The patch design is intended to reflect a blending of several characteristic features of both the Monterey Bay area and the art of Aikido.

Colors

  • Dark Blue symbolizes the characteristic deep blue color of the Pacific ocean. It is also the traditional color of the hakama for the Yudansha of Aikido of Monterey.
  • Light Blue represents both the clean, clear skies as well as the variety of colors to be found in the waters surrounding Monterey Bay. Blue traditionally symbolizes nobility and fidelity.
  • White symbolizes peace, purity, and spirit. It also recalls the foamy intermingling of air and water in the ocean surf, and the cooling blanket of coastal fog which occasionally visits Monterey Bay.

Circular Shape: The overall shape is that of a Circle, suggesting continuity, flow, and centeredness. It is one of the three traditional symbols of Aikido.

Wave Design: The stylized Wave is representative of the ocean waves of Monterey Bay as well as the dynamic, fluid, spherical-wave movements of Aikido.

Offset Pattern: The dark blue circle is intentionally offset to suggest the foremost principle of Aikido when engaging an opponent: getting "off the line" of attack.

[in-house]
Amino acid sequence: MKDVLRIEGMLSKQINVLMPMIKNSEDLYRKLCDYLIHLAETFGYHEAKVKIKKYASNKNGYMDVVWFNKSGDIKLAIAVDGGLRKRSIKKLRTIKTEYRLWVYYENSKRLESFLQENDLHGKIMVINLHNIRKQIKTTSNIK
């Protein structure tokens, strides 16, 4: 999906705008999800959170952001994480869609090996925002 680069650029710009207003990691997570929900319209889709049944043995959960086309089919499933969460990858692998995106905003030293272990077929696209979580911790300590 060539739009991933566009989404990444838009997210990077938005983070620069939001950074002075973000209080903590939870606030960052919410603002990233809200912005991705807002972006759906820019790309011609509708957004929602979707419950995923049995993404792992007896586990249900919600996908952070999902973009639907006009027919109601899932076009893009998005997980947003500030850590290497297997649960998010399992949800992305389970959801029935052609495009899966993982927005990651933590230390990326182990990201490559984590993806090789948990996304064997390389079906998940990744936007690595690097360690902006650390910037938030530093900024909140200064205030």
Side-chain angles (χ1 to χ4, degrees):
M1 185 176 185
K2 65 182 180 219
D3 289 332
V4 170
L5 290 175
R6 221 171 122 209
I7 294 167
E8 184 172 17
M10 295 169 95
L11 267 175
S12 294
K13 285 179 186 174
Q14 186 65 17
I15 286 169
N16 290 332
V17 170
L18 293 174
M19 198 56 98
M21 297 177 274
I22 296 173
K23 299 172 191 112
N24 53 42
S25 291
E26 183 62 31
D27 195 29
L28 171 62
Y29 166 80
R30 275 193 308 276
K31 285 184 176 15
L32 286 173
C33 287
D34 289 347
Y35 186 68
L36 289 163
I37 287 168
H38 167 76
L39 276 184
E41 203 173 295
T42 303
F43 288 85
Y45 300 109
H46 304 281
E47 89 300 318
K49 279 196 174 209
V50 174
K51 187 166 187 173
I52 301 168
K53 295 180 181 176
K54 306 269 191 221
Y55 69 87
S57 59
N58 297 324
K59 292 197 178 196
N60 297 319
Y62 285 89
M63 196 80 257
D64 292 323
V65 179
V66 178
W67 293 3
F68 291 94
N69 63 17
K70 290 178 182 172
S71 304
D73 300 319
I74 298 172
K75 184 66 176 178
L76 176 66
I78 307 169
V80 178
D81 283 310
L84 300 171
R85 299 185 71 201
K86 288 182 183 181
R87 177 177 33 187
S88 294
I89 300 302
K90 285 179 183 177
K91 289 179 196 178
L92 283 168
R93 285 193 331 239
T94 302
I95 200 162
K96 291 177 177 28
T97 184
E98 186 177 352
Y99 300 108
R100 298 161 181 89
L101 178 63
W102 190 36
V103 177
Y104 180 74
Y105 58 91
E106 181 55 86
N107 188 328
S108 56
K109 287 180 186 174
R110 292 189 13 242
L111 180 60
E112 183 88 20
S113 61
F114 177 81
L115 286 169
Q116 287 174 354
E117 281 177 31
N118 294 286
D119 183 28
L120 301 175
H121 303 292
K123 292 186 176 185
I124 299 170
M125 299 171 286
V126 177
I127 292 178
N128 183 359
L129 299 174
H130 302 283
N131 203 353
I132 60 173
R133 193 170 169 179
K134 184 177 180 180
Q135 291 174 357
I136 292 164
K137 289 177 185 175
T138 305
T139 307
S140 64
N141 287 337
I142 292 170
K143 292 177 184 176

Stylized Yin-Yang: The wave is intended to suggest the Yin-Yang, which is a traditional symbol representing Harmony (Ai). The imbalance between the white and dark blue areas works upon our mental image of the balanced Yin-Yang to evoke a sense of transition; of a dynamic, unresolved, implied movement; changing, evolving, progressing inexorably towards completion: just as one might envision the wave continuing to curl; that what we see is but a frozen moment in the spiral. And as the ocean can not remain forever in one state, but flows with the Energy (Ki) of the waves, so too are we moved to find our own balance. Such is the nature of a Way (Do).


The Art of Peace - Morihei Ueshiba
95 Fiddling with this
And that technique
Is of no avail.
Simply act decisively
Without reserve!
Aikido of Monterey · 1251 10th Street, Monterey CA 93940 · info@aikidomonterey.com · 831.375.8106